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Stranger to Town by L.P. Davies

Contributed by Florian Hardwig on May 20th, 2022. Artwork published in .
Stranger to Town by L.P. Davies 2
Emanuel Schongut. License: All Rights Reserved.

Book jacket for Stranger to Town, a detective story by British novelist L.P. Davies (1914–1988), published in 1969 in Doubleday’s Crime Club imprint.

Julian Midwinter, a stranger to Harmsley Cosset, seems to know a great deal about the town and the victim of an auto accident. When he steps into the victim’s shoes, taking over his business and the same habits, he begins to have accidents. When he realizes the accidents were planned, he’s determined to find the murderer.

The jacket illustration and design is by Emanuel Schongut, who comments:

L.P. Davies was my favorite author to do covers for. His books always had a lovely sort of creepiness, crime, science fiction, fantasy, or a mixture of all. In this book the murder weapon was an award trophy.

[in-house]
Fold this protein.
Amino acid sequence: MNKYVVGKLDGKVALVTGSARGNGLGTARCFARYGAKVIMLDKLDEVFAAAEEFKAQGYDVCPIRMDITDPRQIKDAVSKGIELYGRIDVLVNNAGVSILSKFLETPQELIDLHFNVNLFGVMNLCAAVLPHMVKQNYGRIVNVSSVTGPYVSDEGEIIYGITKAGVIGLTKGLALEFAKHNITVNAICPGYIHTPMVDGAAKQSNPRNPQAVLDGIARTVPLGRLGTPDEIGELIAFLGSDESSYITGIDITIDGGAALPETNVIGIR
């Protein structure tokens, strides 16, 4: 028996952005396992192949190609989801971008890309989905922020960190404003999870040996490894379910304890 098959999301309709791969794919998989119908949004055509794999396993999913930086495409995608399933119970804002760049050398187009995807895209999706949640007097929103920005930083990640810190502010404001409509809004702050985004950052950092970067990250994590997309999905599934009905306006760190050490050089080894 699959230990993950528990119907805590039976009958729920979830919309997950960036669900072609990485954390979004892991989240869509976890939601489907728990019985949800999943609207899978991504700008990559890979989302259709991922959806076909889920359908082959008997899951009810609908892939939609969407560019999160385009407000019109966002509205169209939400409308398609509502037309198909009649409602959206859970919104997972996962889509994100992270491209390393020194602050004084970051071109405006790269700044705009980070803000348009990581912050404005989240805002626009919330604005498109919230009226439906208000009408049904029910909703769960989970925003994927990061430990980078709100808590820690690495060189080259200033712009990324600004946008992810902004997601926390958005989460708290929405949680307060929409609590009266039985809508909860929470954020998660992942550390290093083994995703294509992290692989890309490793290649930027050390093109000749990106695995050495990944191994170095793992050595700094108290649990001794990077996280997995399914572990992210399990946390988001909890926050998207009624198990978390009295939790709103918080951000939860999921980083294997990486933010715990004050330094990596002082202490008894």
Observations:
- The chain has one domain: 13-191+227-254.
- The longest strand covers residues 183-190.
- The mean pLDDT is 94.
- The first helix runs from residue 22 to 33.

For the typeface, Schongut chose Phoebus, one of the earliest typeface designs by Adrian Frutiger, originally released as foundry type by Deberny & Peignot in 1953. The shadow-only letterforms here take on an ominous look. In the monograph edited by Heidrun Osterer and Philipp Stamm, Frutiger comments on the design:

I started to sketch a titling face with deep shadows, but it looked somewhat banal standing straight up, so I tried an italic. The typeface gained a lot in dynamic thanks to the slanting character shapes against the slant of the deep shadows. I saw the letter shapes in my inner eye and sketched those deep shadows directly, off the cuff. It worked – a larger shadow would have been too bulky, anything thinner and the letters wouldn’t have stood out enough. It was really a matter of feeling, of intuition. It was clear that it had to be with serifs, and equally that it was to be a Latin-style typeface, serifs slanting right at the bottom and left at the top. The capital I for example would collapse without the little triangle at the top. Phoebus, being without contours and whose shapes are completed by the eye itself, was quite to [Charles] Peignot’s taste. He liked the fact that the typeface was entirely composed of shadows and seemed somehow to hover in the air.


  • Phoebus
  • Helvetica




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